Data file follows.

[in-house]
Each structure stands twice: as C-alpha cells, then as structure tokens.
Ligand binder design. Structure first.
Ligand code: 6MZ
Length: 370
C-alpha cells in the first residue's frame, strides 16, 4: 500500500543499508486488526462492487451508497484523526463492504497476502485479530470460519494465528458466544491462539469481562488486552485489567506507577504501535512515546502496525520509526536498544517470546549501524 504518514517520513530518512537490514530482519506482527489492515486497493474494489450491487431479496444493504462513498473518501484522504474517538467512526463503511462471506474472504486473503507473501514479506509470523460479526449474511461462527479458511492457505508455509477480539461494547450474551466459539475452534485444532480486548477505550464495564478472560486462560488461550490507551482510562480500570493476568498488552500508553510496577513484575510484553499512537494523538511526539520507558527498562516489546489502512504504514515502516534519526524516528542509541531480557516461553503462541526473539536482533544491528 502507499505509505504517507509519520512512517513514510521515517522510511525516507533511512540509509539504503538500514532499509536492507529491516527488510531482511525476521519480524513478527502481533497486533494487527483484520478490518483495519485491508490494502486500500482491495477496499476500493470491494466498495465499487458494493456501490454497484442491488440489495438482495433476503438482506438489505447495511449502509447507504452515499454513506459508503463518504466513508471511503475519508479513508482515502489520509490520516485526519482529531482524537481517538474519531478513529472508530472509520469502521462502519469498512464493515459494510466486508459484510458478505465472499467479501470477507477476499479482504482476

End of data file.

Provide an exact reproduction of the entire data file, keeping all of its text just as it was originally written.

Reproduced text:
[in-house]
Each structure stands twice: as C-alpha cells, then as structure tokens.
Ligand binder design. Structure first.
Ligand code: 6MZ
Length: 370
C-alpha cells in the first residue's frame, strides 16, 4: 500500500543499508486488526462492487451508497484523526463492504497476502485479530470460519494465528458466544491462539469481562488486552485489567506507577504501535512515546502496525520509526536498544517470546549501524 504518514517520513530518512537490514530482519506482527489492515486497493474494489450491487431479496444493504462513498473518501484522504474517538467512526463503511462471506474472504486473503507473501514479506509470523460479526449474511461462527479458511492457505508455509477480539461494547450474551466459539475452534485444532480486548477505550464495564478472560486462560488461550490507551482510562480500570493476568498488552500508553510496577513484575510484553499512537494523538511526539520507558527498562516489546489502512504504514515502516534519526524516528542509541531480557516461553503462541526473539536482533544491528 502507499505509505504517507509519520512512517513514510521515517522510511525516507533511512540509509539504503538500514532499509536492507529491516527488510531482511525476521519480524513478527502481533497486533494487527483484520478490518483495519485491508490494502486500500482491495477496499476500493470491494466498495465499487458494493456501490454497484442491488440489495438482495433476503438482506438489505447495511449502509447507504452515499454513506459508503463518504466513508471511503475519508479513508482515502489520509490520516485526519482529531482524537481517538474519531478513529472508530472509520469502521462502519469498512464493515459494510466486508459484510458478505465472499467479501470477507477476499479482504482476